That's fine and dandy, but there are a few details that make that less than guaranteed. Brees is in the final year of his contract. The quarterback is 38 years old. And while this might sound preposterous, the Saints are the least reliant upon him that they've ever been in his time in New Orleans.
NFL Network Insider Ian Rapoport reported recently that the Saints are unsure of Brees' future status, in part because of his contract, and also because of the expectation that he will want a large sum of money. With all of that considered, it sounds like this isn't a situation that will be easily, or at least quickly resolved.
"I'll handle 2018 when 2018 gets here, but right now I'm in the moment, I'm in 2017," Brees said during an appearance on Hardwick & Richards on XTRA 1360-AM. "We're trying to get a little bit better each and every week. I feel like we've got a great opportunity ahead of us and I don't plan on leaving New Orleans ever.
"Hopefully, I know all of that stuff takes care of itself when it's supposed to. I have not approached them about any contract. We just have a great understanding here. Listen, we're going to go through this season and we'll revisit it in the offseason. Right now, I'm in the moment."
At 7-2 overall and in the midst of a seven-game winning streak, it's a pretty great moment in which to exist. Brees is in the captain's chair of an offense that ranks second in the NFL with an average of 402.4 yards per game. Brees is seventh in the league in passing yards per game (266.4).
That first number is typical of the Saints -- New Orleans has finished first or second in yards per game in all but one of its last five seasons -- but there's a massive difference this season that could be pointing to a permanent change in style, which might be driven by the status of Brees.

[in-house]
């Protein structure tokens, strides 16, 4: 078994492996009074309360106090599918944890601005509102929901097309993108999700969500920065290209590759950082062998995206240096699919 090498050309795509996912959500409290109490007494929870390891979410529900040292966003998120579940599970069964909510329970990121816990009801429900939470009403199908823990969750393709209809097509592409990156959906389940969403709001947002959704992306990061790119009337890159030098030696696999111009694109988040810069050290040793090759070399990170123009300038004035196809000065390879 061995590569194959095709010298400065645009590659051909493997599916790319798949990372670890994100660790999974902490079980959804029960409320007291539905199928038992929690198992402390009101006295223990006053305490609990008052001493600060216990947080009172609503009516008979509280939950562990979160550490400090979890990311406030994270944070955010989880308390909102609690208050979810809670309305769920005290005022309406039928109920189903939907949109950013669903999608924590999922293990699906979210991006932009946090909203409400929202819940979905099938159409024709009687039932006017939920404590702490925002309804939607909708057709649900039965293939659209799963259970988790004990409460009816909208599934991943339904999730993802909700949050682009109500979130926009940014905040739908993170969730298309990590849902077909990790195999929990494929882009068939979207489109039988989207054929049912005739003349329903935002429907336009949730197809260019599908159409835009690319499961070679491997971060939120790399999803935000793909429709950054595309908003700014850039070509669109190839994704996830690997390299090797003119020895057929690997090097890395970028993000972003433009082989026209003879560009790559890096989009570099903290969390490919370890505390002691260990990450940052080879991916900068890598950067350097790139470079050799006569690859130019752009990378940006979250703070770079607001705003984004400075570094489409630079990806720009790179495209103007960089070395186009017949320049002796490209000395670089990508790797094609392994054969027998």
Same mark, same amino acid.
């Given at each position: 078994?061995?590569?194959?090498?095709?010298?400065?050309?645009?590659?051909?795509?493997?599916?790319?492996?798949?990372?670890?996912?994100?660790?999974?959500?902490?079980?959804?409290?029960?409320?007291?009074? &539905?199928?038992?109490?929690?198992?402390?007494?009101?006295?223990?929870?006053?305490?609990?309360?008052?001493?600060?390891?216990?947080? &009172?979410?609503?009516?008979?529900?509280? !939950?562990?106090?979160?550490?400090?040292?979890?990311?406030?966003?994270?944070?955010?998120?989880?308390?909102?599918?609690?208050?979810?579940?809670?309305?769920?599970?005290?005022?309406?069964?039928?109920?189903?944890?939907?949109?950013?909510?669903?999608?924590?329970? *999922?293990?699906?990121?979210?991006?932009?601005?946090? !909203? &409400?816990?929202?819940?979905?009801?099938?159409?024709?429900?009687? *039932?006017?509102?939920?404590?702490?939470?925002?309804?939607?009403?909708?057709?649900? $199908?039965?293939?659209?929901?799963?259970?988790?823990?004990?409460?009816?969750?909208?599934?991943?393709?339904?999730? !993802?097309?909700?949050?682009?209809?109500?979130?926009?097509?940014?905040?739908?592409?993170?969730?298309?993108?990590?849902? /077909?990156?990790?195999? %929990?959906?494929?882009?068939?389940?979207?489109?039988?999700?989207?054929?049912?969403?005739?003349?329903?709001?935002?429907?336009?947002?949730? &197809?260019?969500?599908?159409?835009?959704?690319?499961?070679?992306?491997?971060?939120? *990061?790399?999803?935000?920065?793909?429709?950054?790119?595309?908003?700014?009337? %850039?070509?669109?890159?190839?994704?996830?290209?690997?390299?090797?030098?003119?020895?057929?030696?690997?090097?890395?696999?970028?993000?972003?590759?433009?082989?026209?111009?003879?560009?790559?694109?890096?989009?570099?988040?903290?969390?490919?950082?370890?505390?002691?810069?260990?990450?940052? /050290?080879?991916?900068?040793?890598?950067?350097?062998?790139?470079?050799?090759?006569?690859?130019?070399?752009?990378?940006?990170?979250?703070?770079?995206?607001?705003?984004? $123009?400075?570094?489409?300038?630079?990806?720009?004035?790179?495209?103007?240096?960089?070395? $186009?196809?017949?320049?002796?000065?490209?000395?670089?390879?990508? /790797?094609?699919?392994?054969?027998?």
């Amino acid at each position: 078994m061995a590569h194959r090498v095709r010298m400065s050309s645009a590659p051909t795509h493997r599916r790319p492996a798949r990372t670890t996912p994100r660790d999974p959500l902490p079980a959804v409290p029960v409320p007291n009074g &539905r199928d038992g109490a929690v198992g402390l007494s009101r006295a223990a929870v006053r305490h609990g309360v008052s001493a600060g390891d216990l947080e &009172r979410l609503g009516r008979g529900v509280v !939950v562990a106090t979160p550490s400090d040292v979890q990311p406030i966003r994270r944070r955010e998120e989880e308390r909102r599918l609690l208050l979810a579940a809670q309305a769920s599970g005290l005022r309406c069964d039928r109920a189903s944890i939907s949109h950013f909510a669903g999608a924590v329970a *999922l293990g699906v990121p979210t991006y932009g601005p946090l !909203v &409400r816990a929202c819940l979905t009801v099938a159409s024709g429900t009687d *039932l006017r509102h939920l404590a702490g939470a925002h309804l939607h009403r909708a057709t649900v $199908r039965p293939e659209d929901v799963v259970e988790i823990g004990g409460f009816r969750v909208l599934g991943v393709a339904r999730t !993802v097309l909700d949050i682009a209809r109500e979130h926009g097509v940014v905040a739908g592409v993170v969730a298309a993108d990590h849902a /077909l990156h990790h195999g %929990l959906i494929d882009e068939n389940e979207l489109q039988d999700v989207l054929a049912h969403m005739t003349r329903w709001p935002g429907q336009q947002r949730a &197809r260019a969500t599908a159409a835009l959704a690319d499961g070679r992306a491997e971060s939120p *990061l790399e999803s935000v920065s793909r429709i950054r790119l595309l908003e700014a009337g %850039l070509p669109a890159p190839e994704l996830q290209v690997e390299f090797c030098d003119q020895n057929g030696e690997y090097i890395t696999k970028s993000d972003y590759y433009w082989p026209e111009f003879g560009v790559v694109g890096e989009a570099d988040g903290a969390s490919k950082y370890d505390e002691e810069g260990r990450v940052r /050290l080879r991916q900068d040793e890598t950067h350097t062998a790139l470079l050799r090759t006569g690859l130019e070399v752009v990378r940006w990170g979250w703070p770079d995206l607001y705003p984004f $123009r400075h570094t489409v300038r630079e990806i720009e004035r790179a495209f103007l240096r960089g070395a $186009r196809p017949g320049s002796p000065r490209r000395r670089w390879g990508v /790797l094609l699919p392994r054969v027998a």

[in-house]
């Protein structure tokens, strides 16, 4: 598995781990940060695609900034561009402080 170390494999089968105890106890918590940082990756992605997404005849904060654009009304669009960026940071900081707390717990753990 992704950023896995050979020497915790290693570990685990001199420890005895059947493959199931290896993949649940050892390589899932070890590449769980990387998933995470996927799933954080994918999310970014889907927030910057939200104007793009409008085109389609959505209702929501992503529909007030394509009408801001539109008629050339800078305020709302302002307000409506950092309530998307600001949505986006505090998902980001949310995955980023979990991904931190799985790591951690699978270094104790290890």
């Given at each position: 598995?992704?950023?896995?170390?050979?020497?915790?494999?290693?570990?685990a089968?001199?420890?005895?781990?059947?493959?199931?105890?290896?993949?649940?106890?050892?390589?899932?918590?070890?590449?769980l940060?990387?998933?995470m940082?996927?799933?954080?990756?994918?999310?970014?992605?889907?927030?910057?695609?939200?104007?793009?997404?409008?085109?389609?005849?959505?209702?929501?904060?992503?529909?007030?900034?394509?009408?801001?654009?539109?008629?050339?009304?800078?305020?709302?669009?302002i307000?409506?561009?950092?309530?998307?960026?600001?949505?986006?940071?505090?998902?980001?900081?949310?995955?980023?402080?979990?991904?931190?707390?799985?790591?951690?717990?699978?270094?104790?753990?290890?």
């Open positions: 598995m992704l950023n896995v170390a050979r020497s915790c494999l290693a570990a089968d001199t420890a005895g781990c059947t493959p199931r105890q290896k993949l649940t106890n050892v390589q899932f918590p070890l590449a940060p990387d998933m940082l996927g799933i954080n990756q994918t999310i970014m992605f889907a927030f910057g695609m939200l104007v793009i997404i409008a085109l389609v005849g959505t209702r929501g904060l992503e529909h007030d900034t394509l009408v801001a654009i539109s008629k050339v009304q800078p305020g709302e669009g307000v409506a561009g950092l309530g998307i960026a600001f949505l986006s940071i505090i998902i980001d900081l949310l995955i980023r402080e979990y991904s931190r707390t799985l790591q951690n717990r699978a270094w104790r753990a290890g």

In those five aforementioned seasons, the Saints averaged over 300 yards passing in all but one, and in that outlier (2014), they were just a hair under 300 at 297.8. But this season, the Saints are averaging 402.4 yards per game, with only 260.2 coming through the air. Thanks to a ground game powered by effective blocking and a two-headed attack of Mark Ingram and rookie Alvin Kamara, New Orleans has made a drastic improvement, going from 108.9 rushing yards per game in 2016 to 142.4 in 2017.
The Saints simply don't need to place all of their offensive hopes on the arm of Brees anymore, which makes this contract situation slightly more intriguing. Will New Orleans, a team that's long been mired in the salary cap underworld and will have approximately $31 million in cap space in 2018 (per Spotrac), be willing to funnel $25 million (or more, considering Matthew Stafford's league-leading annual average of $27 million) to a quarterback who turns 39 in January?